This is my first year attempting NaNoWriMo. It’s actually my first year taking writing seriously. It’s always been a personal thing for me. Oh, I majored in English in college, studied under some phenomenal writing professors including Lucille Clifton and Debbie Pope, and have had a handful of poems published in national journals. I’ve been writing creatively since my first short story written at six years old. I’ve incorporated the writing of press releases, website content, and ad copy into my online marketing profession. But, I never thought of creative writing as a career – probably because my grandmother encouraged it.
But, this year something snapped in me. In April I realized I was married with a son, a mortgage, and a small business. My life looked great on paper; it was Facebook-perfect! Tara Sophia Mohr later described this to a tee in her article, “5 Steps to Transform Your B+ Life:”
In a B+ life, things are good but not great. All the right life elements are in place: good job, good friends, people you love. The checklist items are checked.
But something feels off. Life feels like it is happening in black and white, rather than in full color. Something in you keeps asking, “Is this all there is?”
The understanding was like a warm splash of water to the face, shocking yet satisfying. I am meant to write. Like the Type-A personality I refuse to admit to being, I threw myself into my rediscovered passion. I guarded all extra time – defined as time not already obligated to work or family – and dedicated it to putting pen to empty page. I signed up for refresher writing classes, joined online groups, began a memoir, reinvested myself in my blog, wrote a memoir proposal, took another class, started a new Twitter account, and landed a gig writing a weekly column for Patch.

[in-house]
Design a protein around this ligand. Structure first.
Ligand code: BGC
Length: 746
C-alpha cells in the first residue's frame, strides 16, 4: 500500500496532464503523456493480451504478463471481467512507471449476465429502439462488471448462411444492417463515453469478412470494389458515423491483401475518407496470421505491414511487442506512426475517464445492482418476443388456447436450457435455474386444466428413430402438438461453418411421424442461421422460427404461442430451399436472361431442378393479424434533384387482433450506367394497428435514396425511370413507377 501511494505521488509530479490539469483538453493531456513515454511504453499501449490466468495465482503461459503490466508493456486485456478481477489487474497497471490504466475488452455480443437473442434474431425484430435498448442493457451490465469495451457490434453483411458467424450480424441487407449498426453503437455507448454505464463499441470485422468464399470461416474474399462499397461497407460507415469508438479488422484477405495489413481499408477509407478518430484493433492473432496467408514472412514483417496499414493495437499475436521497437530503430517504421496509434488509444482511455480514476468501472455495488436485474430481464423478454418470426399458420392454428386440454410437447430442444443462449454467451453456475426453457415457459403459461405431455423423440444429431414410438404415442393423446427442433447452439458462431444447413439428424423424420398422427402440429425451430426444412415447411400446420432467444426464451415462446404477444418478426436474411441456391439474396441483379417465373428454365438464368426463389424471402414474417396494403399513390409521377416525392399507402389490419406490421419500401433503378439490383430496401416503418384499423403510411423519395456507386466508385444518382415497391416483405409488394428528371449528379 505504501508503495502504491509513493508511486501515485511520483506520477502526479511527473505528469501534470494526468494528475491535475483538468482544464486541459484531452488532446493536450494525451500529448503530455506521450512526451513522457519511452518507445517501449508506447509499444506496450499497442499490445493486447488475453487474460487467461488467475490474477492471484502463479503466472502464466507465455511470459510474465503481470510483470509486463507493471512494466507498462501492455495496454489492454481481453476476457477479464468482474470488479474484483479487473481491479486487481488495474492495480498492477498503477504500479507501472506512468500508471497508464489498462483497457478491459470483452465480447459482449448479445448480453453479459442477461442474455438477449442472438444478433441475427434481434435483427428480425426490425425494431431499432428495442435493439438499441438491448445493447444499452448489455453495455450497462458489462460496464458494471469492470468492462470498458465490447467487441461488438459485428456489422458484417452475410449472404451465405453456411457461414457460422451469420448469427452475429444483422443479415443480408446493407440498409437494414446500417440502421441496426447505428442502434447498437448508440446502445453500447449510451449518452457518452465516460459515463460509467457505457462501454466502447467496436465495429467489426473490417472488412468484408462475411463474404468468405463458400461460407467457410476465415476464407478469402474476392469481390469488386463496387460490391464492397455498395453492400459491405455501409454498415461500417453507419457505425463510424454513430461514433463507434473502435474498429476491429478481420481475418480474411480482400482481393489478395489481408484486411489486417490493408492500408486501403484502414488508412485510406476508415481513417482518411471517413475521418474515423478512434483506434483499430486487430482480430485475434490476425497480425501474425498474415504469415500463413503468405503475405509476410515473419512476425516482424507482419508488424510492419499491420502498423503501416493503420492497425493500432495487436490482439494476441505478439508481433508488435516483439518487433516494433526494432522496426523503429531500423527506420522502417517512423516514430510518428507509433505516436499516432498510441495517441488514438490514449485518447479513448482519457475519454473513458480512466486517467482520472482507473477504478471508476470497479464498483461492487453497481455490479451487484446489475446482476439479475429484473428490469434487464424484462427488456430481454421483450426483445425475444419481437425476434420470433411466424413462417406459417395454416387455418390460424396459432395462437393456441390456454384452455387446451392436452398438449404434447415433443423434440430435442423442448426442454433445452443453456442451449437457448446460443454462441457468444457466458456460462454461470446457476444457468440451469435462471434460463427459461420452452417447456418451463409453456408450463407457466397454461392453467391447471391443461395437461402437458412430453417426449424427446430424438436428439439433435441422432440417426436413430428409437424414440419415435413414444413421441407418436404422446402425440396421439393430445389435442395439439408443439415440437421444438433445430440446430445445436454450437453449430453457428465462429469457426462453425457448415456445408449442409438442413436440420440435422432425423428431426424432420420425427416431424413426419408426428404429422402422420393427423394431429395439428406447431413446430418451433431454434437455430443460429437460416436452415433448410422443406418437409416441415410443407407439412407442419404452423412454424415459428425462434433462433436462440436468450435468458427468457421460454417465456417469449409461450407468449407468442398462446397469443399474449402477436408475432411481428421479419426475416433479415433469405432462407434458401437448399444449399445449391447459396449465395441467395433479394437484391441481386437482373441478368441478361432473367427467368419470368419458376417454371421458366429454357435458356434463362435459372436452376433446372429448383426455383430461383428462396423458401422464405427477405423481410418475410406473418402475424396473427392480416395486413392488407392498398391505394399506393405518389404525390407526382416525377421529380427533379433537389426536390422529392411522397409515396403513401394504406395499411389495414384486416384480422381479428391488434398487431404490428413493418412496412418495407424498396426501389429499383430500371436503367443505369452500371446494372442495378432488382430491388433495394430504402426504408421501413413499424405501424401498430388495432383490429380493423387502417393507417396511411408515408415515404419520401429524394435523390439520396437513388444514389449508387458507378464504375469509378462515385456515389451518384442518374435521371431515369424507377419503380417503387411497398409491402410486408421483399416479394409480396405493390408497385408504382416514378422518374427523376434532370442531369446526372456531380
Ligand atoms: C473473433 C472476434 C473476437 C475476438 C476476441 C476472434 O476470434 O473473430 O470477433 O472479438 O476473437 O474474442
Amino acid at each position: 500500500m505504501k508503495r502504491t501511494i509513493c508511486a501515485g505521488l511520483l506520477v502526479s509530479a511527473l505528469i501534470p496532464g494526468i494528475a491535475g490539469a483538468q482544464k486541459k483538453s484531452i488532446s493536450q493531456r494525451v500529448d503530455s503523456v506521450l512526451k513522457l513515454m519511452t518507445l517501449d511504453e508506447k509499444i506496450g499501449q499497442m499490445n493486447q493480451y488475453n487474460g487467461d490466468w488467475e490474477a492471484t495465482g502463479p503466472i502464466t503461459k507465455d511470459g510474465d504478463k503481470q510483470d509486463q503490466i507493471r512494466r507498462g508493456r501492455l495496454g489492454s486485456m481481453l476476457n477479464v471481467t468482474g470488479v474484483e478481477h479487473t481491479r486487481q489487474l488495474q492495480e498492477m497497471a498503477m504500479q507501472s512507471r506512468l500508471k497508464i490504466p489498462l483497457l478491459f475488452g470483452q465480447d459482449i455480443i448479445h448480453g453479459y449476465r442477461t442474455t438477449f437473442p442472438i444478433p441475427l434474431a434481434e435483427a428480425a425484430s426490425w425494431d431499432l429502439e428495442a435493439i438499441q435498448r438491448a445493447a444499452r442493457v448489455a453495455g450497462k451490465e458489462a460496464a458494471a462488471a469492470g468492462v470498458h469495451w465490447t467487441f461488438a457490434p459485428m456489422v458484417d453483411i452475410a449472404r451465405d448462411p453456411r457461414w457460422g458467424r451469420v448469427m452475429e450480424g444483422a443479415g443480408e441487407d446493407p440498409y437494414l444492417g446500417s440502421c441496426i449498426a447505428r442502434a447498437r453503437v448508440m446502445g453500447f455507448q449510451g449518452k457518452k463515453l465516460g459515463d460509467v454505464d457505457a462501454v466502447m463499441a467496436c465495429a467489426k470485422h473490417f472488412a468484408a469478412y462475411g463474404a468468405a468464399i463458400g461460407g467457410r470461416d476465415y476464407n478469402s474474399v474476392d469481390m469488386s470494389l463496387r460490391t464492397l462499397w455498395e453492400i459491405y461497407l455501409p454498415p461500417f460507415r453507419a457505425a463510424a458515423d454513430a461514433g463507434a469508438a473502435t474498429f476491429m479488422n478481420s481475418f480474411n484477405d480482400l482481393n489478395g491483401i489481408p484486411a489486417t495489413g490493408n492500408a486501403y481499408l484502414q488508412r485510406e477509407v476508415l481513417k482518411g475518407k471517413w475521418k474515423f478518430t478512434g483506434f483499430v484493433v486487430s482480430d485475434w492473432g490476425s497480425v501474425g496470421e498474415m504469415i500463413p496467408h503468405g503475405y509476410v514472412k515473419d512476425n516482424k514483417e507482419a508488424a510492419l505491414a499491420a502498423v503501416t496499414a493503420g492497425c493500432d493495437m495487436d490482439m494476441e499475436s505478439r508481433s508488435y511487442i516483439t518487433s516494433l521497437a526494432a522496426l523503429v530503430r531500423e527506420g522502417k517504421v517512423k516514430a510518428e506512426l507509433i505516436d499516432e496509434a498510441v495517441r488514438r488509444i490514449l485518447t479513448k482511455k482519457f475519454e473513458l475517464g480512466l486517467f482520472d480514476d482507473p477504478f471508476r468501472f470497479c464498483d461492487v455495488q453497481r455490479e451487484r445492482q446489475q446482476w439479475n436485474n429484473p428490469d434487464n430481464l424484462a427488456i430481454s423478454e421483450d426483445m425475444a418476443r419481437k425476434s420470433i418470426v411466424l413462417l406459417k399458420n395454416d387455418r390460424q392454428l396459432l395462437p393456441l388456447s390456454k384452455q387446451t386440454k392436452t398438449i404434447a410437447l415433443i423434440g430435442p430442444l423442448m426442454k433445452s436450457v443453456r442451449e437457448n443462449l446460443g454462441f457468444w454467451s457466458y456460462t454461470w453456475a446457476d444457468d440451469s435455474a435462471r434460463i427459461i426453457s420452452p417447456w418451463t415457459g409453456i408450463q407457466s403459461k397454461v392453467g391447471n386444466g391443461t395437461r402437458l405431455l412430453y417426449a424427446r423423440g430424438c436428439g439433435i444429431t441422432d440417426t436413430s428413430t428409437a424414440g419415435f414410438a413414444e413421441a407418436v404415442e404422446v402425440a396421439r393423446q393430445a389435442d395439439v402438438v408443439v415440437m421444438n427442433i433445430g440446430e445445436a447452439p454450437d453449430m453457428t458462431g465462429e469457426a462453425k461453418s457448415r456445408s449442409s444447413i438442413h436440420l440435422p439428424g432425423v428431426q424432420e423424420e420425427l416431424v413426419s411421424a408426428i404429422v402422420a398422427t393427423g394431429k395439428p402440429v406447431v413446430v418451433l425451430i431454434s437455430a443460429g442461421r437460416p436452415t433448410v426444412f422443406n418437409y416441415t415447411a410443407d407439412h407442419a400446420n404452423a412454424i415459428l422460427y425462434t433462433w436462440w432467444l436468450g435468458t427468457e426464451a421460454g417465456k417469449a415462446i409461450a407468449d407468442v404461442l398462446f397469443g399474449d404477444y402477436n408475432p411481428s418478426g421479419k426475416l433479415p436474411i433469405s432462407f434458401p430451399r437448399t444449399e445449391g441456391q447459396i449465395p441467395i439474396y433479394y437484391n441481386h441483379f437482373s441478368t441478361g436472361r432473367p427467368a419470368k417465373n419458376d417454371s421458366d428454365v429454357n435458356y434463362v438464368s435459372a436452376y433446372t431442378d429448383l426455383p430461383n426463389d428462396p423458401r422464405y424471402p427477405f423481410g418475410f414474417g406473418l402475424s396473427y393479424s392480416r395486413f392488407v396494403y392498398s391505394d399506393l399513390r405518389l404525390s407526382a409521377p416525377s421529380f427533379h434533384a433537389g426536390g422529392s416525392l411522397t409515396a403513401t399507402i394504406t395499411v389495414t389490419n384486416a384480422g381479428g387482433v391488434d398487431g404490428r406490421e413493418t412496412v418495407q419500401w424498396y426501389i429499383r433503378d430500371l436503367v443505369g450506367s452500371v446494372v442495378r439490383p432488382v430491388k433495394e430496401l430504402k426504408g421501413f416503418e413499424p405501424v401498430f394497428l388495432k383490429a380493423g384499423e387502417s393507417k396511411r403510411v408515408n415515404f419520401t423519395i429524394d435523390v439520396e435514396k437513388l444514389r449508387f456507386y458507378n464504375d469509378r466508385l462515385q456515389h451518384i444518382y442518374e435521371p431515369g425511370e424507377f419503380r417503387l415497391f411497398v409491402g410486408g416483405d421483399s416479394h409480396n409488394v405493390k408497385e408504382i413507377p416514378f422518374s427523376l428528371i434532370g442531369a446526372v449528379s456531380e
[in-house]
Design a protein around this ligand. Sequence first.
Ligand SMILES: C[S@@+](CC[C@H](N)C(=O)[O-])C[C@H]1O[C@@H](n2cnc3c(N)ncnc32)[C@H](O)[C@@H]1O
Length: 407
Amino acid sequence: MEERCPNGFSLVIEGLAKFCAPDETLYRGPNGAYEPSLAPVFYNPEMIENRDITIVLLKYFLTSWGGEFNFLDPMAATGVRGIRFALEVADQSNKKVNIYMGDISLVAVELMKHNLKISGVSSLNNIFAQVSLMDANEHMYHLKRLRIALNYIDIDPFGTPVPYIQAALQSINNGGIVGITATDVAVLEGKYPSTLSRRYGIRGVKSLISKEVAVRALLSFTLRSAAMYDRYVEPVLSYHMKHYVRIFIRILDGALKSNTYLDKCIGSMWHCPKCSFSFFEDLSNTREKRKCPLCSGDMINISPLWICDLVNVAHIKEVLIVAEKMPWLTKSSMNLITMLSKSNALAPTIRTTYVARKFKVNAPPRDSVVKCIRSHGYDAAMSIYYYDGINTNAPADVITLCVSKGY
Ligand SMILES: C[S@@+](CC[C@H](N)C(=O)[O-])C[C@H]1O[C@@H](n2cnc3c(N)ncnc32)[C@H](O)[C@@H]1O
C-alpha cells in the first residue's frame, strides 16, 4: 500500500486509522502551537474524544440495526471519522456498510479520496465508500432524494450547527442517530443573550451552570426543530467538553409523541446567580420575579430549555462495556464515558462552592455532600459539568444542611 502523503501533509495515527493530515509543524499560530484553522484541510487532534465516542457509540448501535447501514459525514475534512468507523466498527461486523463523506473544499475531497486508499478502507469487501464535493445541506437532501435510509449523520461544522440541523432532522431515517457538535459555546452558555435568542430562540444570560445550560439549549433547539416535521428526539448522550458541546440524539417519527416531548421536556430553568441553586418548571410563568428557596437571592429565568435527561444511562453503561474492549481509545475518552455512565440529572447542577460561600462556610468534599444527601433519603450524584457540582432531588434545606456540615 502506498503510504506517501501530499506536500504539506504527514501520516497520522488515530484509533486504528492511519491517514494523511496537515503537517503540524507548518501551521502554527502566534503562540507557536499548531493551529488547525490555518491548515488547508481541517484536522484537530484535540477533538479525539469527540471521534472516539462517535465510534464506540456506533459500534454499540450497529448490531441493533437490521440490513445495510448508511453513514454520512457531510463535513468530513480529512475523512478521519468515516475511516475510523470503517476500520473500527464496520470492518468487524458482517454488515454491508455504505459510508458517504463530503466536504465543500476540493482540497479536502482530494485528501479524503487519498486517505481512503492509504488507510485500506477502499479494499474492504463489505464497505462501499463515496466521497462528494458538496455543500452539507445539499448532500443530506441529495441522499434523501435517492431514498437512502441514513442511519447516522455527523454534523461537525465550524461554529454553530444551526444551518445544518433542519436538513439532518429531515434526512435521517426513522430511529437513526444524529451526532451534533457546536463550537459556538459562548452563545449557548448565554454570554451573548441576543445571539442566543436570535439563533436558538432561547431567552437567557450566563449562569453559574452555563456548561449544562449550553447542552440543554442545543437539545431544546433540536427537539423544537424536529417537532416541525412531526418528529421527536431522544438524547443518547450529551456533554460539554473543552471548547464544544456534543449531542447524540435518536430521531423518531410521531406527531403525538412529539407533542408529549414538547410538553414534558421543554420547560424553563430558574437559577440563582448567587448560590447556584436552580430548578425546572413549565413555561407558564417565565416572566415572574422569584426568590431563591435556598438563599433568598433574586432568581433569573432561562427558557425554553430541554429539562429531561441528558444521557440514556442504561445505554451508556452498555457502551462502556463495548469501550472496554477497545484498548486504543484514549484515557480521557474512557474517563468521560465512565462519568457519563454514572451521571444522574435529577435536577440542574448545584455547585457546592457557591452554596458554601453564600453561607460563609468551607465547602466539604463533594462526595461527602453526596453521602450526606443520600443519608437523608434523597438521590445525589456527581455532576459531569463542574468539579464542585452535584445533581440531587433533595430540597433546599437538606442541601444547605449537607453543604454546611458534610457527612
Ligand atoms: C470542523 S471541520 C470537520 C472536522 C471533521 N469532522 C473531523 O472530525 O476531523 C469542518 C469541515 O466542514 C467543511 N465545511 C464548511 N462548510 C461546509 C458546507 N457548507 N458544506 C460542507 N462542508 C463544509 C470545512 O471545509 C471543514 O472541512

Now, I’m taking another writing class, this time to polish my memoir’s proposal so I can start querying agents. And, I’m 4,000 typed words and four handwritten pages into NaNoWriMo with a paranormal romance whose idea I conceived two or three years ago. If I’m not writing, I’m thinking about writing.
My habit for the past eight days has been to put my toddler to bed and then go to my pink office to write for a few hours. Instead, last night I plopped onto the couch next to my husband. He encouraged me to go write. “It’s just one month,” he coached. “You can do it. Just get up, walk to your office and you’ll get into it like always.” (I love my husband.)
Nope; I couldn’t do it. I sat and watched episodes of “Modern Family” on Hulu. Then, my husband showed me a new channel he’d found, one that appears to show old “Arrested Development” episodes continuously. I laughed and felt a bit more like myself again – less like a frantic, constantly-overwhelmed person who has bitten off way more than she can chew.
I’m off on my word count now. Last night wasn’t even the deal-breaker. By my estimates, I’m about 8,000 words short of where I “should” be. I cannot see myself getting back on track; in fact, I see more soul-enriching nights with my husband every now and then throughout the month. But, I’m going to keep going with this NaNoWriMo thing. At the worst, I’ll have an incomplete novel at the end of the month. Half a novel is more than I’ve ever accomplished in such a short time. This may not be the true spirit of NaNoWriMo, but, I’m going to allow myself to fail happily.